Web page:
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Tube strike explained: London Underground August walkout dates, TfL lines impacted and when it starts tomorrow

The i 02/08/2021 Zaina Alibhai

Commuters face disruption this week as London Underground drivers are expected to strike in a dispute over pay for Night Tube drivers.

Last-ditch talks are being held to avert the strikes as Transport for London (TfL) has warned of disruption to the entire network if they go ahead.

The strikes will impact the services over a four-day period this week, with another four-day period of strikes planned for the end of August.

When are the London Underground strikes?

If they go ahead, the strikes will begin on Tuesday 3 August at noon, with TfL advising travellers to complete their journeys by 1pm.

That walkout will last until 11.59am on Wednesday 4 August.

A second 24-hour strike will begin on Thursday 5 August at noon, with the same travel advice in place, and last until 11.59am on Friday 6 August.

Tube drivers are due to strike again on Tuesday 24 August at noon, until 11.59am the following day.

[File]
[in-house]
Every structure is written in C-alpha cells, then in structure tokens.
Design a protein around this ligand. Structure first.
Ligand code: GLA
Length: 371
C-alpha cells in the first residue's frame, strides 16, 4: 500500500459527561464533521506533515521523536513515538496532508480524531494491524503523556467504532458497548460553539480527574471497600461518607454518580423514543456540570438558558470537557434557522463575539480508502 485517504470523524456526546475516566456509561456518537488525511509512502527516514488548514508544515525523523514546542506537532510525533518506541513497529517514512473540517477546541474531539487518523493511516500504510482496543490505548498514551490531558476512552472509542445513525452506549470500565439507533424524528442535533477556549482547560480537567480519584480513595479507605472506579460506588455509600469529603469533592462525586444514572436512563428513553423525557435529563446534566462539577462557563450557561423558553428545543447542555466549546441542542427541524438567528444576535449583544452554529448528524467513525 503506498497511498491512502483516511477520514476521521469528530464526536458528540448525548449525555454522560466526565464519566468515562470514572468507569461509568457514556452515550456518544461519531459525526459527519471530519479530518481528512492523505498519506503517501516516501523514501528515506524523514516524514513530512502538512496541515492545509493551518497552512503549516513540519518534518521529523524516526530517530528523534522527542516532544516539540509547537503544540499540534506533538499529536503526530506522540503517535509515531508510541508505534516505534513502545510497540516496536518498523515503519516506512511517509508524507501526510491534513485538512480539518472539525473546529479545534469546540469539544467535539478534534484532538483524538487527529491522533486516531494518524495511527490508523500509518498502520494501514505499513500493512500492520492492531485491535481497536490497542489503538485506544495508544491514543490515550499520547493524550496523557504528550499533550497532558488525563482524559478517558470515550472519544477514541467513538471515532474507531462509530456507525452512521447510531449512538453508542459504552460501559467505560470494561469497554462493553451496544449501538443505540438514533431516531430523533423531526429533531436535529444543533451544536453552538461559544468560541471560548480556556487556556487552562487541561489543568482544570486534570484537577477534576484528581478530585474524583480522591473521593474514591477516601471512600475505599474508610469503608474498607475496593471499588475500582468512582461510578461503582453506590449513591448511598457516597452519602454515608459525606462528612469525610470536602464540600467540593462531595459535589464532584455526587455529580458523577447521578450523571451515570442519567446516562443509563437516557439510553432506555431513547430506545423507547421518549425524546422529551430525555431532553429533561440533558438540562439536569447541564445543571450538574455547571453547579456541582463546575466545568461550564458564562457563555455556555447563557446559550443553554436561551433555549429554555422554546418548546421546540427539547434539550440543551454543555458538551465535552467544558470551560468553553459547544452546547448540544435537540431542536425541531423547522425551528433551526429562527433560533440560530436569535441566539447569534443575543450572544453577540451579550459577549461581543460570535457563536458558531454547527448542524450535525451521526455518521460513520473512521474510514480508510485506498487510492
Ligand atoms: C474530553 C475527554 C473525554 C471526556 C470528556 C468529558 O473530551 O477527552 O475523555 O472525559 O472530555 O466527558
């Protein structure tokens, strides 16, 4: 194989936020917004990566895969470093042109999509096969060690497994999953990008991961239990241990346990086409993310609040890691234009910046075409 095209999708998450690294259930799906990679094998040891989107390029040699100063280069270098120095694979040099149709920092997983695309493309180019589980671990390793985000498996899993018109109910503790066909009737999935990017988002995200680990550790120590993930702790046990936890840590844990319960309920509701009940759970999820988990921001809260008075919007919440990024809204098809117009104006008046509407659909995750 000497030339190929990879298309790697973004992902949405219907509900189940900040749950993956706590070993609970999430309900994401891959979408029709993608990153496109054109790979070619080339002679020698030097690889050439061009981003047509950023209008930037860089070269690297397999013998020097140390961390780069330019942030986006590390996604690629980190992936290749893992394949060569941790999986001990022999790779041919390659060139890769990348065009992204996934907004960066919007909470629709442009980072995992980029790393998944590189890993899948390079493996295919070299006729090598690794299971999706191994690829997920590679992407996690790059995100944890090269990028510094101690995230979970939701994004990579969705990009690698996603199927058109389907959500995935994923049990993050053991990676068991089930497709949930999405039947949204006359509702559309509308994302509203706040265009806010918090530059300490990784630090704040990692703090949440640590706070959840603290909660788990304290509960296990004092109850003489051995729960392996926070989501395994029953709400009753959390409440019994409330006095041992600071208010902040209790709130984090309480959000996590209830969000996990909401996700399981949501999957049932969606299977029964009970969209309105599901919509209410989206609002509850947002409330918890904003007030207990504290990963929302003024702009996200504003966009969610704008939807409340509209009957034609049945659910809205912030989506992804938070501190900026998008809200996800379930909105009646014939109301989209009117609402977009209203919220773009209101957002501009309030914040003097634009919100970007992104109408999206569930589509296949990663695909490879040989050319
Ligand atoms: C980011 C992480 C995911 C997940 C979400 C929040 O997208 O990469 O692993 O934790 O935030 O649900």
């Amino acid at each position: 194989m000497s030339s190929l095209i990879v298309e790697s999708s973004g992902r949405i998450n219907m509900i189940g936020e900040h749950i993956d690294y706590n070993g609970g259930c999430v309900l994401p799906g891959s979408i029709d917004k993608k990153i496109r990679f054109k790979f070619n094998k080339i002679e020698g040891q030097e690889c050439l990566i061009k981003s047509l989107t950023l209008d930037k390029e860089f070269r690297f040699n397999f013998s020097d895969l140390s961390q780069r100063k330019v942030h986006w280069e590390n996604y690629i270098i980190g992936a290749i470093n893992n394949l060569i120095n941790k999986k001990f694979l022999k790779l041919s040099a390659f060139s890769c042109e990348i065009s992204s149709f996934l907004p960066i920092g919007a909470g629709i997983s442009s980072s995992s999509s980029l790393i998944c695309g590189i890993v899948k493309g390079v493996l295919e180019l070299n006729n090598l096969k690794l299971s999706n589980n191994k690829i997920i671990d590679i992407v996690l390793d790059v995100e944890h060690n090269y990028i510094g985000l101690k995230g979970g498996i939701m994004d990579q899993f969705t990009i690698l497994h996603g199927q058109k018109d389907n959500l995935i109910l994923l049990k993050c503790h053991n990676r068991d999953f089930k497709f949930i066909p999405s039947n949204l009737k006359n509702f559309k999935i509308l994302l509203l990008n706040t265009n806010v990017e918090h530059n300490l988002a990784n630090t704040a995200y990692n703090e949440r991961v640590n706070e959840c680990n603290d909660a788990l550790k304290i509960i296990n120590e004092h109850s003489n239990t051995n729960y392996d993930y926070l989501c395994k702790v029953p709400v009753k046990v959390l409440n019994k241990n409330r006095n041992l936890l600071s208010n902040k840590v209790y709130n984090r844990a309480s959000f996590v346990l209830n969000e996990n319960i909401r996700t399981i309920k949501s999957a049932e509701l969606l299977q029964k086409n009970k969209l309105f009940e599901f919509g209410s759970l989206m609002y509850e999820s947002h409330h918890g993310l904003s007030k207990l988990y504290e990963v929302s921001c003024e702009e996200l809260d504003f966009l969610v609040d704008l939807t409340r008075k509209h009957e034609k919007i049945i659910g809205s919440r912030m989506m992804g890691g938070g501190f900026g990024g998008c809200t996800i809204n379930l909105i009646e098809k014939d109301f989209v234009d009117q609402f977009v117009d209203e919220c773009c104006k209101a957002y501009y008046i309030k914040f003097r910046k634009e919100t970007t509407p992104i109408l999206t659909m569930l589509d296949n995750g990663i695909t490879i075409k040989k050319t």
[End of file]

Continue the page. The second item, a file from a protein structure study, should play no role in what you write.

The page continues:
And then again on Thursday 26 August until 11.59am on Friday 27 August, ahead of the bank holiday weekend.

What Tube lines will be affected?

TfL said it planned to run as many trains as possible but it was likely there would be no service or limited services across all lines.

Services that are running are likely to be much busier than usual, as will the DLR, London Overground and National rail services.

There are also planned closures across the Circle and District line between August 4 and 12, which will see the Circle line closed between Edgware Road and Aldgate, and the District line closed between Earl’s Court and Aldgate East. Embankment station will also be closed.

Why are London Underground and RMT drivers striking?

The strikes are over plans to abolish the pay grade of Night Tube drivers, which the Rail, Maritime and Transport (RMT) union says will threaten the loss of 200 jobs, threaten the drivers’ work-home balance, and impact other service workers.

TfL said the move was made to help preserve the Night Tube service, which is due to return after it was suspended throughout the pandemic.

It explained all of the Night Tube drivers, many of whom work part-time, have been offered the opportunity to join a full-time driver pool with responsibilities shared amongst them all.

TfL added: “No driver has lost their job as a result of these changes, or will do, nor has any driver been forced to take duties that they do not want to do.”

The RMT argued the “cash-led move” to abolish the driver grades was “aimed at shunting staff around the combine at will”.

General Secretary Mick Lynch said the plans “rip up an agreement that protects 3,000 Tube drivers’ work-life balance”, and were “a blatant attempt to now use the pandemic to start bulldozing through a savage programme of cuts”.

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